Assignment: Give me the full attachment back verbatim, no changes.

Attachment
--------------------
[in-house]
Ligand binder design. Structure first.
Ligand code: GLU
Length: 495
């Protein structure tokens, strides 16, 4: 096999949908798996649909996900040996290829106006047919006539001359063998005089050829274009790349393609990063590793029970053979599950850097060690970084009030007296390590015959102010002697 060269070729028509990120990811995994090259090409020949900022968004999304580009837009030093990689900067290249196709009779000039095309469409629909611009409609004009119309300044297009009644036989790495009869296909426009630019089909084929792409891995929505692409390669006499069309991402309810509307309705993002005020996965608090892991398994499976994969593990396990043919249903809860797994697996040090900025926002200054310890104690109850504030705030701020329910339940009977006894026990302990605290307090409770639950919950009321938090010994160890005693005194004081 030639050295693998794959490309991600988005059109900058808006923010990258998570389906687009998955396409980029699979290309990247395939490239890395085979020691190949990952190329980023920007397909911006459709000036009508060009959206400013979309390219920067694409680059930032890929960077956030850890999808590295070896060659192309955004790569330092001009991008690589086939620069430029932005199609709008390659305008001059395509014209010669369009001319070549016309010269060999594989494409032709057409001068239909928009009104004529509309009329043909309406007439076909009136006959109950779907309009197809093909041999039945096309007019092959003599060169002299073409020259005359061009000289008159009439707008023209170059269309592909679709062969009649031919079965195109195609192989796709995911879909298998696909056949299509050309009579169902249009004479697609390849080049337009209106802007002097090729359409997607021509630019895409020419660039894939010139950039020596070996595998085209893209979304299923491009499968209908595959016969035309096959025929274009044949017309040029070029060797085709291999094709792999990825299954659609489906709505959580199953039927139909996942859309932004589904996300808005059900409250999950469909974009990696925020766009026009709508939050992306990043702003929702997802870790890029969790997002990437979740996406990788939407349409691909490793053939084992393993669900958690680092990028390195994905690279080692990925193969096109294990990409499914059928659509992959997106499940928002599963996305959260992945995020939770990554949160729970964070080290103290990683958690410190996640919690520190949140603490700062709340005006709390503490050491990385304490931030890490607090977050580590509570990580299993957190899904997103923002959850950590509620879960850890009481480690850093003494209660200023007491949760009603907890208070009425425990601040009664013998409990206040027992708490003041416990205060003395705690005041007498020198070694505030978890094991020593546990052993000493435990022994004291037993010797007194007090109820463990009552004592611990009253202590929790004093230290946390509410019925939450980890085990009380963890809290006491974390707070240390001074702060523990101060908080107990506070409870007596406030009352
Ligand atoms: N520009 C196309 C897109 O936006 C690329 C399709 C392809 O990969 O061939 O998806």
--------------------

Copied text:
[in-house]
Ligand binder design. Structure first.
Ligand code: GLU
Length: 495
């Protein structure tokens, strides 16, 4: 096999949908798996649909996900040996290829106006047919006539001359063998005089050829274009790349393609990063590793029970053979599950850097060690970084009030007296390590015959102010002697 060269070729028509990120990811995994090259090409020949900022968004999304580009837009030093990689900067290249196709009779000039095309469409629909611009409609004009119309300044297009009644036989790495009869296909426009630019089909084929792409891995929505692409390669006499069309991402309810509307309705993002005020996965608090892991398994499976994969593990396990043919249903809860797994697996040090900025926002200054310890104690109850504030705030701020329910339940009977006894026990302990605290307090409770639950919950009321938090010994160890005693005194004081 030639050295693998794959490309991600988005059109900058808006923010990258998570389906687009998955396409980029699979290309990247395939490239890395085979020691190949990952190329980023920007397909911006459709000036009508060009959206400013979309390219920067694409680059930032890929960077956030850890999808590295070896060659192309955004790569330092001009991008690589086939620069430029932005199609709008390659305008001059395509014209010669369009001319070549016309010269060999594989494409032709057409001068239909928009009104004529509309009329043909309406007439076909009136006959109950779907309009197809093909041999039945096309007019092959003599060169002299073409020259005359061009000289008159009439707008023209170059269309592909679709062969009649031919079965195109195609192989796709995911879909298998696909056949299509050309009579169902249009004479697609390849080049337009209106802007002097090729359409997607021509630019895409020419660039894939010139950039020596070996595998085209893209979304299923491009499968209908595959016969035309096959025929274009044949017309040029070029060797085709291999094709792999990825299954659609489906709505959580199953039927139909996942859309932004589904996300808005059900409250999950469909974009990696925020766009026009709508939050992306990043702003929702997802870790890029969790997002990437979740996406990788939407349409691909490793053939084992393993669900958690680092990028390195994905690279080692990925193969096109294990990409499914059928659509992959997106499940928002599963996305959260992945995020939770990554949160729970964070080290103290990683958690410190996640919690520190949140603490700062709340005006709390503490050491990385304490931030890490607090977050580590509570990580299993957190899904997103923002959850950590509620879960850890009481480690850093003494209660200023007491949760009603907890208070009425425990601040009664013998409990206040027992708490003041416990205060003395705690005041007498020198070694505030978890094991020593546990052993000493435990022994004291037993010797007194007090109820463990009552004592611990009253202590929790004093230290946390509410019925939450980890085990009380963890809290006491974390707070240390001074702060523990101060908080107990506070409870007596406030009352
Ligand atoms: N520009 C196309 C897109 O936006 C690329 C399709 C392809 O990969 O061939 O998806």